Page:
The department of Astronomy & Astrophysics is proud to announce a special colloquium by a distinguished visitor:
TITLE: Emission Lines Accompanying Gamma-Ray Flares from the Tidal Disruption of Dyson Spheres by Binary Intermediate-Mass Black Holes at z ~ 10.
ABSTRACT: “I will begin this talk in medias res by assuming that Dyson spheres can exist as early as z~10. I will describe general relativistic electromagenetohydrodynamic simulations of the disruption of a Dyson sphere by an intermediate mass black hole and present a calculation of its multi-messenger signature. A characteristic feature of the electromagnetic spectrum are strong, semi-permitted lines from the most abundant constituents of the spheres, dilithium and tritanium. In particular, the [Tr XIX and [Di VIII lines in the mid-IR remain strong for several centuries after the disruption. Thus the emission lines from the burst can be observed with the OWL and BFD telescopes currently on the horizon. The prompt sterile-neutrino signal from such disruptions should be detectable by the Vanilla-Ice instrument. I also propose that such an event is responsible for the unusual burst Swift J1644. Remnants of past events can be found by employing peta-scale computing and data mining techniques to look for objects with unusual infrared colors in existing data archives. The results of this archival search can provide the most strict constraints to date on the contributions of the shadow sector to the dark side. In the second half of the talk, I will ask whether the raw materials needed for the construction of Dyson spheres will have been available to extraterrestrial civilizations at z~10. Using the most up-to-date models for nucleosynthesis in post-main sequence stars, I will demonstrate that sufficient quantities of tritanium can be produced by isolytic reactions during the onset of gigantoerythrotropism in pop 4 and pop 5 stars even as early as z~20. Therefore, high-redshift intelligent civilizations could have constructed Dyson spheres out of tritanium nanotubes. I further speculate that the large “Dyson machines,” needed to construct Dyson spheres should be detectable around transiting extrasolar planets through the photoeccentric effect.”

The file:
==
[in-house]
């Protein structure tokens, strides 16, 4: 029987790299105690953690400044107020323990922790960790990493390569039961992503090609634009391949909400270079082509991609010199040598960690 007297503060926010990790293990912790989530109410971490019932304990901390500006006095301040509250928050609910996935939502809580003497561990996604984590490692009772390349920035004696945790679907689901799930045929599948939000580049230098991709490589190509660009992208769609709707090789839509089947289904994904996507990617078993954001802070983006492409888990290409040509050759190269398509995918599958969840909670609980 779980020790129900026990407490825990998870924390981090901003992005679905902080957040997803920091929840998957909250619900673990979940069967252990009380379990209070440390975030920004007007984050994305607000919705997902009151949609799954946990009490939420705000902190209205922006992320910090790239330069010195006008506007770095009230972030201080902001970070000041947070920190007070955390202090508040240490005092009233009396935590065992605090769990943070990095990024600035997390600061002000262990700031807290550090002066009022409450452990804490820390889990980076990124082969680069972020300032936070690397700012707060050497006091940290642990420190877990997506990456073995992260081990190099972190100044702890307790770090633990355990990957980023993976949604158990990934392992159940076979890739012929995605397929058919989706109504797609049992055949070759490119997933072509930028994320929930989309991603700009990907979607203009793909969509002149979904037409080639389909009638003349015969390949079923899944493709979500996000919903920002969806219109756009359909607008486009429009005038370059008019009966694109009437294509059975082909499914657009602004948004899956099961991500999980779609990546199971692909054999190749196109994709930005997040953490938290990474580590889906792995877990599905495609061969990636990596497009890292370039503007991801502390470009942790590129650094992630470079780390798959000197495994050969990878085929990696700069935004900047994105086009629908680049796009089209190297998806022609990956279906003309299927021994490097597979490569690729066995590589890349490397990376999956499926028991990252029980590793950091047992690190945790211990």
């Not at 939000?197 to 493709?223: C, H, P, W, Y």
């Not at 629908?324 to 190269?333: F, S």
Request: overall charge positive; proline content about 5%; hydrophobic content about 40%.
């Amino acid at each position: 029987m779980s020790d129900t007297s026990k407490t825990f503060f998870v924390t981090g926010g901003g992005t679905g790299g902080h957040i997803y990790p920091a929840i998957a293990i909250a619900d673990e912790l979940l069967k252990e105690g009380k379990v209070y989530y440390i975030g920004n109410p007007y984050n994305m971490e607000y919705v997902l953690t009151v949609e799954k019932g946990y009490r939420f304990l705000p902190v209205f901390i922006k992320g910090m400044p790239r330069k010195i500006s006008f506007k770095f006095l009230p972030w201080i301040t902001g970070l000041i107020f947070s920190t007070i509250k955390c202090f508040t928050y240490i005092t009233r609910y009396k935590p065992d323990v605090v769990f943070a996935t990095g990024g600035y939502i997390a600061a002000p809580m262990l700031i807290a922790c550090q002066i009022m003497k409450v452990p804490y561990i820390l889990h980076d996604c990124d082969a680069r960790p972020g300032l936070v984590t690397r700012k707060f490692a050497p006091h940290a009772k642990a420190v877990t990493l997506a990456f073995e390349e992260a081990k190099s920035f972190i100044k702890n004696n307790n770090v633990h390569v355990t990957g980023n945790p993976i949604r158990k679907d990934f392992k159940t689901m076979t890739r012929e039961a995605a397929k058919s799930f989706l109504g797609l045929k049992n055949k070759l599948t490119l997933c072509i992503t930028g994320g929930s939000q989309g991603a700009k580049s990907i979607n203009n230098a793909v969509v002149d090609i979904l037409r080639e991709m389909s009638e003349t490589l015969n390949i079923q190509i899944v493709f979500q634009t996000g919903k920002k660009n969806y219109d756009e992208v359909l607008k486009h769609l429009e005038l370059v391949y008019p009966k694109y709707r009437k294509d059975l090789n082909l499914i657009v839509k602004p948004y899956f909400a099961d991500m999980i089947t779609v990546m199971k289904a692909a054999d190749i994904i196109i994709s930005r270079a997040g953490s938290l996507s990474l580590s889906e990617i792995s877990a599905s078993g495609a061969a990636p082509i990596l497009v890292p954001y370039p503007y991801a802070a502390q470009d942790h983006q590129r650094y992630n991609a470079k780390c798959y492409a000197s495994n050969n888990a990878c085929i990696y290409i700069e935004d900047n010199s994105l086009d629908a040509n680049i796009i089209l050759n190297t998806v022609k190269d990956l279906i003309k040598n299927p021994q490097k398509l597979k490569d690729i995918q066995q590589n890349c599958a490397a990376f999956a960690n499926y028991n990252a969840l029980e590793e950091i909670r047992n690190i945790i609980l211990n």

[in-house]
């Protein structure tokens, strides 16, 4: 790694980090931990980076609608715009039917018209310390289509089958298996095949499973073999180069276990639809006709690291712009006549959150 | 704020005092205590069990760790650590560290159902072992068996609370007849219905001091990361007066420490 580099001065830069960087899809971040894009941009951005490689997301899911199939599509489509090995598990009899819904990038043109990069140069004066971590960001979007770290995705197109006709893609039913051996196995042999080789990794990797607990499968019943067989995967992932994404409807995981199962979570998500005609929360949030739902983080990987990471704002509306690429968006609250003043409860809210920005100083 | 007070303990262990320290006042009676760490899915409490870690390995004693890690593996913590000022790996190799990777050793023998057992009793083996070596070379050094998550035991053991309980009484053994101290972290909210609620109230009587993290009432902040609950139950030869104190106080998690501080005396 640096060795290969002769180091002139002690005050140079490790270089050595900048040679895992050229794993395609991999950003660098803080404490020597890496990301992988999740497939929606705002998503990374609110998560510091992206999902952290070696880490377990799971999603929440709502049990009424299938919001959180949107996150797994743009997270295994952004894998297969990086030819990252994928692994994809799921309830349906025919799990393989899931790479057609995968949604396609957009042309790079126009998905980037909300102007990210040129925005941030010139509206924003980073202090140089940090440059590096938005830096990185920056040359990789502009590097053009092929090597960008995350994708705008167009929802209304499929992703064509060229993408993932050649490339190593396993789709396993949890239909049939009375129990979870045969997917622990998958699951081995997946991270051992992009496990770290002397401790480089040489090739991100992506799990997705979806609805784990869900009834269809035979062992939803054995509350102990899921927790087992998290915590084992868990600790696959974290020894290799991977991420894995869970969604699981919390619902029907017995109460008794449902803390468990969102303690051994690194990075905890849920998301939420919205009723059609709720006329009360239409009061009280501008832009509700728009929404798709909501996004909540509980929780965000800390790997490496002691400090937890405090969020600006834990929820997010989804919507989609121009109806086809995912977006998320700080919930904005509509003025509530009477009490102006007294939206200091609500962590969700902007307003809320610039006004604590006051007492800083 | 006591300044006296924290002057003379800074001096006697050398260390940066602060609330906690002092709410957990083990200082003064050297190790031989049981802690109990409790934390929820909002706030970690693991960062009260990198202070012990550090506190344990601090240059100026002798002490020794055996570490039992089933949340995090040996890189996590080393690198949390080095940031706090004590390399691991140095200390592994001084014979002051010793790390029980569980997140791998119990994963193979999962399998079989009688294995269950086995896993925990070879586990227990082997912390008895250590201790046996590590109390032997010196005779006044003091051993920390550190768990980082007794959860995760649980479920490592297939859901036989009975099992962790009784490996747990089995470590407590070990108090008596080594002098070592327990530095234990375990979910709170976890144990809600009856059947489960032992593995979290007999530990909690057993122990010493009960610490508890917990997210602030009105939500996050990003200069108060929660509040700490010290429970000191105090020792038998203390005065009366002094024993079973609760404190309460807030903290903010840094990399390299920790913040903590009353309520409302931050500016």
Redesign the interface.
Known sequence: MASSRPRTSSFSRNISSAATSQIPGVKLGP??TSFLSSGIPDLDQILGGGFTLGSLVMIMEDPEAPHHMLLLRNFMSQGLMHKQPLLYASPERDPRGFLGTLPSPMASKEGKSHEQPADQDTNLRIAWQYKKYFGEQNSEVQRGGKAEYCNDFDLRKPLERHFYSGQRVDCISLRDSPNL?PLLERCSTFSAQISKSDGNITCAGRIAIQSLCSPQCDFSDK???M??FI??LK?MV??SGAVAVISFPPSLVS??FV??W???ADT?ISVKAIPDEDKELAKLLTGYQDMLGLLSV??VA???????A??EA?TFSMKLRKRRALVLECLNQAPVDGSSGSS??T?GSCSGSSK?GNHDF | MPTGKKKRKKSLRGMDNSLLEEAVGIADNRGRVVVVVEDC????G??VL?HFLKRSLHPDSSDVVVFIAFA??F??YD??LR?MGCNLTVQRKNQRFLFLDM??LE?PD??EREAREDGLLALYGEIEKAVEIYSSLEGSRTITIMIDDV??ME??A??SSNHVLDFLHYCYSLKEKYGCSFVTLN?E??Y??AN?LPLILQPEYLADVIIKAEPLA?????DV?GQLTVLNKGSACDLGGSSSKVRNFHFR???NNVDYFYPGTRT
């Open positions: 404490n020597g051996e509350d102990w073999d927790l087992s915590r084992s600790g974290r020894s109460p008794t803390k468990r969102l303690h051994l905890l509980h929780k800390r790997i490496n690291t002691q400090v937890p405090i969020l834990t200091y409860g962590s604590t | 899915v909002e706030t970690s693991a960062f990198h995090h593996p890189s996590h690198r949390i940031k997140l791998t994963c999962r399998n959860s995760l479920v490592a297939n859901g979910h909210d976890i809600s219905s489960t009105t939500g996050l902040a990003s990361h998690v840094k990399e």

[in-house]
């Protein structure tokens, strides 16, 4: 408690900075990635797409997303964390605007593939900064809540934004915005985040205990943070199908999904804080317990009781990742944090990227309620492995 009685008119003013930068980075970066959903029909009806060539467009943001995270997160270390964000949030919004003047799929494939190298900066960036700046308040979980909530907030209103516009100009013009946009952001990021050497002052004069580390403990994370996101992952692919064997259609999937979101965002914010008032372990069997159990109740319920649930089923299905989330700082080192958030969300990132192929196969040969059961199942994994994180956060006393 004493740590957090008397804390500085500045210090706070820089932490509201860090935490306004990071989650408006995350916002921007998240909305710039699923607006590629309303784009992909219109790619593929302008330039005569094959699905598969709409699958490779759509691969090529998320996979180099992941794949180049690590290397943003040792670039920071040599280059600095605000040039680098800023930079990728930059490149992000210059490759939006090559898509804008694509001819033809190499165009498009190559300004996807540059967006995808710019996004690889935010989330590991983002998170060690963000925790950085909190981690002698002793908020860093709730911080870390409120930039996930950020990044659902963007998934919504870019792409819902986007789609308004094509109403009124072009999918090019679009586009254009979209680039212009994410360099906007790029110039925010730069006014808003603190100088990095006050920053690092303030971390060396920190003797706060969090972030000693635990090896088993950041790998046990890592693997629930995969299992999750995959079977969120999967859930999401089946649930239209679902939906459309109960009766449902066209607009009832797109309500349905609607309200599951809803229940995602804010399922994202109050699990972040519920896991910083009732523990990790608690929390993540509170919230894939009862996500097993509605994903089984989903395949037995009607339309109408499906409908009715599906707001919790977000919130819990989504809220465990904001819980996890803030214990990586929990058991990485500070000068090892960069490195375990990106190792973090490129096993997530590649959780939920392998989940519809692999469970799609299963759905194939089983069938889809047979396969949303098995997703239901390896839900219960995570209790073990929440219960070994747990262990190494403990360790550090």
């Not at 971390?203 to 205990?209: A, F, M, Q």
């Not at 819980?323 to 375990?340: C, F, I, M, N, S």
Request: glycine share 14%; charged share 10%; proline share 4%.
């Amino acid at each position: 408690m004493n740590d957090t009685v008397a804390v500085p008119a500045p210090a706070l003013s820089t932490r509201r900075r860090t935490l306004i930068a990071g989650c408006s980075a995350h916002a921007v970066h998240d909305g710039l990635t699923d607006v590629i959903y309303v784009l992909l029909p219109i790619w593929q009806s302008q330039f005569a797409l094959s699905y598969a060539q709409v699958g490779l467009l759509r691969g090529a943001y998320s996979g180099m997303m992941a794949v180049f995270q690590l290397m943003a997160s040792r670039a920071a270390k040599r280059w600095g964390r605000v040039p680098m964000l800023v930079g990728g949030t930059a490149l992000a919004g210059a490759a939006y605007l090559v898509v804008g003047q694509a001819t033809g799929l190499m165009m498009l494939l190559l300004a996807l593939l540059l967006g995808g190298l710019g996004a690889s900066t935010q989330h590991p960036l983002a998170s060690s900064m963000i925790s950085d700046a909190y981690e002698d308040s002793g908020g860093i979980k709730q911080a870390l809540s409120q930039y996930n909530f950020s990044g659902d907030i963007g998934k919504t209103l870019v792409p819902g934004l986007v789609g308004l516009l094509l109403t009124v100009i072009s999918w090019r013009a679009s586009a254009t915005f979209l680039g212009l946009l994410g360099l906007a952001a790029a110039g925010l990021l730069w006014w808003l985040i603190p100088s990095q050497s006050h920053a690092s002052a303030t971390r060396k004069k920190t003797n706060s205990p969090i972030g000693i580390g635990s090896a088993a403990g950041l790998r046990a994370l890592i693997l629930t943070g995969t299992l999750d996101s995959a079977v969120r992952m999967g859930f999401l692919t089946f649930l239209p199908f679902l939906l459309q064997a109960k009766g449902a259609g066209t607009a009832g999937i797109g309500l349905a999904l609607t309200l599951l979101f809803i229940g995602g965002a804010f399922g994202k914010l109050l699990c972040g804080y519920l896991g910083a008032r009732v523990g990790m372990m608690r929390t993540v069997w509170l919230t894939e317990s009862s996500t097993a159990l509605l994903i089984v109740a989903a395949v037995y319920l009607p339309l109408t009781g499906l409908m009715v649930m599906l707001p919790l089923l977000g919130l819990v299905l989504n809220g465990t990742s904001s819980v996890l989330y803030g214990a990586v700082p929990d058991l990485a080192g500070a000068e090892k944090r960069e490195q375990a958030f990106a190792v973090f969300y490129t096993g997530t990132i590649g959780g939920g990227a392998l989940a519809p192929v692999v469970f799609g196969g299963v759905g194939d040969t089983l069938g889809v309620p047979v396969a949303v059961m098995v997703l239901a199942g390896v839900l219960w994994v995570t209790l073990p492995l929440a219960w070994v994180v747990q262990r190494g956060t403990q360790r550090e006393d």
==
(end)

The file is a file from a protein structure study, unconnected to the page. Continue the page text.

Dr Koothrapali carried out his doctoral research at the Roddenberry Institute for Fantastic Science (RIFS) where he worked under the supervision of M. Scott and J. LaForge on the development of dilithium crystals with variable phase inverters for gravitational wave detection. As a postdoc, he turned his attention to astro-statistics and, in collaboration with D. Adams, he proved the maximum improbability theorem and pioneered its application to the analysis of heteroskedastic data. For his ground-breaking work on this problem he later won the Beeblebrox Award. He is now the deputy director of the Circumference Institute and is also serving as the editor-in-chief of the Journal of Irreproducible Results. His most recent work is at the interface between astrophysics and mathematics and focuses on the topology of Dyson-Hoberman spheres, the volumes of red balls, and alternative explanations of the Banach–Tarski paradox.
Anyone interested in joining our speaker for dinner see Lenny.
As it is monday night, dinner will be Thai.